Jason Whitlock, the intrepid journalist who in recent months called out Black Lives Matter, the NBA for kowtowing to totalitarians, and LeBron James for being a prevaricating bigot, conducted a 15-minute interview with President Donald Trump Wednesday at the White House.
In the first two hours after posting, the interview from Outkick — the new sports website that’s established a massive cult following among Americans fatigued with a disingenuous sports media — already has over 50,000 views.
Whitlock began the discussion by reminding people how popular Trump once was among black men — noting recent support from rappers 50 Cent, Ice Cube and Kanye West.
“I’ve lived long enough to remember when rappers loved Donald Trump and black celebrities were great friends,” Whitlock said.
Trump agreed and replied that “nobody’s done for the black community what I have” while touting past friendships with Jesse Jackson and Oprah Winfrey.
Whitlock asked the president what changed the relationship, and “are we seeing a turn where people are starting to evaluate you on your record and policy and performance rather than personality?”
Trump said he thinks so and noted his administration’s criminal justice reform efforts, support for HBCUs and opportunity zones.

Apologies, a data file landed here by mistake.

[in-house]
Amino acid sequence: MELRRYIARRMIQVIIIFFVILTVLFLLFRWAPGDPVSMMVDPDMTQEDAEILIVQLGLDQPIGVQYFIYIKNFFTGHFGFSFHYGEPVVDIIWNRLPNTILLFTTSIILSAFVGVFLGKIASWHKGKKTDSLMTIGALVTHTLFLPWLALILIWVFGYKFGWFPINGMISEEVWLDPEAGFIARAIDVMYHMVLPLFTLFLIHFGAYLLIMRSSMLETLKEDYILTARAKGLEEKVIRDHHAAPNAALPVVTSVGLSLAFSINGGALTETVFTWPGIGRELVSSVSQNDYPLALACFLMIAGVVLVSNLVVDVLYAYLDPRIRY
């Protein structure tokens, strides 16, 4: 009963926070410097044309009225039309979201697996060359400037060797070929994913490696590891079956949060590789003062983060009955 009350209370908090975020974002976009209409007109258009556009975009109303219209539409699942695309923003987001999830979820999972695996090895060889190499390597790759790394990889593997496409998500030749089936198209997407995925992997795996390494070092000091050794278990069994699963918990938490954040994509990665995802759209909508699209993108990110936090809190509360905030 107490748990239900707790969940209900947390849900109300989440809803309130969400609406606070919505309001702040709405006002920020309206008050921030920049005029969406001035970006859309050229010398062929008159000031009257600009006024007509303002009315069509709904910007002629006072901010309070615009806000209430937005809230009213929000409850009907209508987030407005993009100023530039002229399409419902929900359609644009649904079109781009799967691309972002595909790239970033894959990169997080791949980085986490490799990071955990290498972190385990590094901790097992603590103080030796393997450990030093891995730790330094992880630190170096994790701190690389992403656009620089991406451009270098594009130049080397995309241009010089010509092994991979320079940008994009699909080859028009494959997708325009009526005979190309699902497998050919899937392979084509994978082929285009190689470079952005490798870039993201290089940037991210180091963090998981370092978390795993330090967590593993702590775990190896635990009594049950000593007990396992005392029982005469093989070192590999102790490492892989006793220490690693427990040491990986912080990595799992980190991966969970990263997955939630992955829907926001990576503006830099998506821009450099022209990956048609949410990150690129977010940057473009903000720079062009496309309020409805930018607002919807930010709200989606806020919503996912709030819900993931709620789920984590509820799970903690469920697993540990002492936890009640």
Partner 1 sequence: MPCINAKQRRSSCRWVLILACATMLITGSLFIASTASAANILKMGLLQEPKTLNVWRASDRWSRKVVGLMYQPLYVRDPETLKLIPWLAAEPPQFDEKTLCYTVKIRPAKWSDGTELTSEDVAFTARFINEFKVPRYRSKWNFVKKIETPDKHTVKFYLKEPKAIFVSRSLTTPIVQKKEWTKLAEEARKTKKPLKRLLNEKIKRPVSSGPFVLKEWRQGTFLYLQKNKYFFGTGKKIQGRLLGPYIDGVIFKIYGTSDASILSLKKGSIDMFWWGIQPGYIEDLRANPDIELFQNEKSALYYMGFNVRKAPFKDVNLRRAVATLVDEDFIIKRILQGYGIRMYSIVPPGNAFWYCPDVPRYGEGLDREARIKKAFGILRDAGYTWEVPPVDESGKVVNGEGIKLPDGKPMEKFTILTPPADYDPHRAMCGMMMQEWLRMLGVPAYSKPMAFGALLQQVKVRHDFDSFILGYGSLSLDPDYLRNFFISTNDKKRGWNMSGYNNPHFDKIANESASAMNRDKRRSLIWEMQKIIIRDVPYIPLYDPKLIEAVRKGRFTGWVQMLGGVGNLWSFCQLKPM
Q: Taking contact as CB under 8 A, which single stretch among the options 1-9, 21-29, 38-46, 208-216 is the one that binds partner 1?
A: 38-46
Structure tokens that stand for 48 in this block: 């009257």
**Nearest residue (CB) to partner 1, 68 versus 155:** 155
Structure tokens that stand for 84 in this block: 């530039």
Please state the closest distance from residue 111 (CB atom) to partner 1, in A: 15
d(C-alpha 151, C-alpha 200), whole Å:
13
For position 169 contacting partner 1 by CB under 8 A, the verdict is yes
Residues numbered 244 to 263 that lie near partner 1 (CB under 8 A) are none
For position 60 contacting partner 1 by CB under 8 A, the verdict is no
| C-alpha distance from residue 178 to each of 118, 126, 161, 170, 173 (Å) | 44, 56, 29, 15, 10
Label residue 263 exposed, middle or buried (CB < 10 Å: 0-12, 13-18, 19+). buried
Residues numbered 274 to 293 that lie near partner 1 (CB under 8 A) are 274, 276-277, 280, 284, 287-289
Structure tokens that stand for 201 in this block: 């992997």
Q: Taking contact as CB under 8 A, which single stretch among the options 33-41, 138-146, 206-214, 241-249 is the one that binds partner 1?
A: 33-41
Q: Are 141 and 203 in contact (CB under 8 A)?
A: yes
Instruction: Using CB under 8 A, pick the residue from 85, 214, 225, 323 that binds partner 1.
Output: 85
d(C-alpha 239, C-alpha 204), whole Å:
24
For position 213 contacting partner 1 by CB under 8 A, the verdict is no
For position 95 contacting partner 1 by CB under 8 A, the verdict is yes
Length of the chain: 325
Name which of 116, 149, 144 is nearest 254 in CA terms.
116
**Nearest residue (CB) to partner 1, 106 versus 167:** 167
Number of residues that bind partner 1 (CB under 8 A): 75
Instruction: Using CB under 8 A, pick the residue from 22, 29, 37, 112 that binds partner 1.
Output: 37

Whitlock later claimed Antifa is “the modern day KKK” and a terrorist organization that tears apart the country and hurts black people. The president concurred, complimented Whitlock and elaborated.
The two men also discussed America First economic policies, college football, Big Tech‘s monopoly, and Thursday night’s final debate.
Whitlock closed by asking if a “kindler, gentler President Trump” may emerge in his second term. Trump did not directly answer but listed his first term accomplishments, and said “I want the answer to be yes.”
A.J. Kaufman is an Alpha News columnist. His work has appeared in the Baltimore Sun, Florida Sun-Sentinel, Indianapolis Star, Israel National News, Orange County Register, St. Cloud Times, Star-Tribune, and across AIM Media Midwest and the Internet. Kaufman previously worked as a school teacher and military historian.